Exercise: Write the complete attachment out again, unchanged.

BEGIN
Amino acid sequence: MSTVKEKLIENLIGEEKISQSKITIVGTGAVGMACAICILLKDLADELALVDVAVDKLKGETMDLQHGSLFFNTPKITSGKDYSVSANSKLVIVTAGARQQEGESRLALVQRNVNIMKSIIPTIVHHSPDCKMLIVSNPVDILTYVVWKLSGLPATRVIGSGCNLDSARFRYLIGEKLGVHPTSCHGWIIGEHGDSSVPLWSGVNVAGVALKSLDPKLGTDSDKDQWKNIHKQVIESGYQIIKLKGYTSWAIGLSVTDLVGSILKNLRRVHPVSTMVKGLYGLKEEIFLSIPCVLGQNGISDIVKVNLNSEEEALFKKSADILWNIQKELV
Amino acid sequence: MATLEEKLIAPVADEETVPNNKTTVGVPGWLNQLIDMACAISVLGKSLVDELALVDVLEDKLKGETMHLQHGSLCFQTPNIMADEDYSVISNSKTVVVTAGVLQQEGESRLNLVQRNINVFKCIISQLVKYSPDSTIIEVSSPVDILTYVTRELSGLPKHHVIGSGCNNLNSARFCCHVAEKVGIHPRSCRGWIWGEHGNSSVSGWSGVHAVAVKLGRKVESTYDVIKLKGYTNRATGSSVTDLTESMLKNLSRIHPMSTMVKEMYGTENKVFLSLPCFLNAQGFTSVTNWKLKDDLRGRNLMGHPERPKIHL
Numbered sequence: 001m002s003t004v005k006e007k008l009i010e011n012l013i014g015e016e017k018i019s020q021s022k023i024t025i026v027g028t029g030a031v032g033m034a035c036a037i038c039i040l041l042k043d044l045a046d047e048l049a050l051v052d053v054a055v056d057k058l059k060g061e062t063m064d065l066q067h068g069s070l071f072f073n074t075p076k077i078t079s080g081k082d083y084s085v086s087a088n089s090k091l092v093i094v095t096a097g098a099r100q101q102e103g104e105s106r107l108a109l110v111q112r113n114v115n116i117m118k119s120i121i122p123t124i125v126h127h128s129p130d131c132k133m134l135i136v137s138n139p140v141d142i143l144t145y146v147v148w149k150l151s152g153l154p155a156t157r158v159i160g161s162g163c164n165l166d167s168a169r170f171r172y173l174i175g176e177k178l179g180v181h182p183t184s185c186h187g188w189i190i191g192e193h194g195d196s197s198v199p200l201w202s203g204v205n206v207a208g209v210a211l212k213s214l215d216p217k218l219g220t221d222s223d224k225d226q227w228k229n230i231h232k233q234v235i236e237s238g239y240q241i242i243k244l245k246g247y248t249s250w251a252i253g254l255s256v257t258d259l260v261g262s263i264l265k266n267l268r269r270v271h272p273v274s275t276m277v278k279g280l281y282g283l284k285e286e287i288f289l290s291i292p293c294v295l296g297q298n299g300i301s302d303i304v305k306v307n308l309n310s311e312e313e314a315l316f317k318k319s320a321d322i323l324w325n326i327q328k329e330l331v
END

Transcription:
Amino acid sequence: MSTVKEKLIENLIGEEKISQSKITIVGTGAVGMACAICILLKDLADELALVDVAVDKLKGETMDLQHGSLFFNTPKITSGKDYSVSANSKLVIVTAGARQQEGESRLALVQRNVNIMKSIIPTIVHHSPDCKMLIVSNPVDILTYVVWKLSGLPATRVIGSGCNLDSARFRYLIGEKLGVHPTSCHGWIIGEHGDSSVPLWSGVNVAGVALKSLDPKLGTDSDKDQWKNIHKQVIESGYQIIKLKGYTSWAIGLSVTDLVGSILKNLRRVHPVSTMVKGLYGLKEEIFLSIPCVLGQNGISDIVKVNLNSEEEALFKKSADILWNIQKELV
Amino acid sequence: MATLEEKLIAPVADEETVPNNKTTVGVPGWLNQLIDMACAISVLGKSLVDELALVDVLEDKLKGETMHLQHGSLCFQTPNIMADEDYSVISNSKTVVVTAGVLQQEGESRLNLVQRNINVFKCIISQLVKYSPDSTIIEVSSPVDILTYVTRELSGLPKHHVIGSGCNNLNSARFCCHVAEKVGIHPRSCRGWIWGEHGNSSVSGWSGVHAVAVKLGRKVESTYDVIKLKGYTNRATGSSVTDLTESMLKNLSRIHPMSTMVKEMYGTENKVFLSLPCFLNAQGFTSVTNWKLKDDLRGRNLMGHPERPKIHL
Numbered sequence: 001m002s003t004v005k006e007k008l009i010e011n012l013i014g015e016e017k018i019s020q021s022k023i024t025i026v027g028t029g030a031v032g033m034a035c036a037i038c039i040l041l042k043d044l045a046d047e048l049a050l051v052d053v054a055v056d057k058l059k060g061e062t063m064d065l066q067h068g069s070l071f072f073n074t075p076k077i078t079s080g081k082d083y084s085v086s087a088n089s090k091l092v093i094v095t096a097g098a099r100q101q102e103g104e105s106r107l108a109l110v111q112r113n114v115n116i117m118k119s120i121i122p123t124i125v126h127h128s129p130d131c132k133m134l135i136v137s138n139p140v141d142i143l144t145y146v147v148w149k150l151s152g153l154p155a156t157r158v159i160g161s162g163c164n165l166d167s168a169r170f171r172y173l174i175g176e177k178l179g180v181h182p183t184s185c186h187g188w189i190i191g192e193h194g195d196s197s198v199p200l201w202s203g204v205n206v207a208g209v210a211l212k213s214l215d216p217k218l219g220t221d222s223d224k225d226q227w228k229n230i231h232k233q234v235i236e237s238g239y240q241i242i243k244l245k246g247y248t249s250w251a252i253g254l255s256v257t258d259l260v261g262s263i264l265k266n267l268r269r270v271h272p273v274s275t276m277v278k279g280l281y282g283l284k285e286e287i288f289l290s291i292p293c294v295l296g297q298n299g300i301s302d303i304v305k306v307n308l309n310s311e312e313e314a315l316f317k318k319s320a321d322i323l324w325n326i327q328k329e330l331v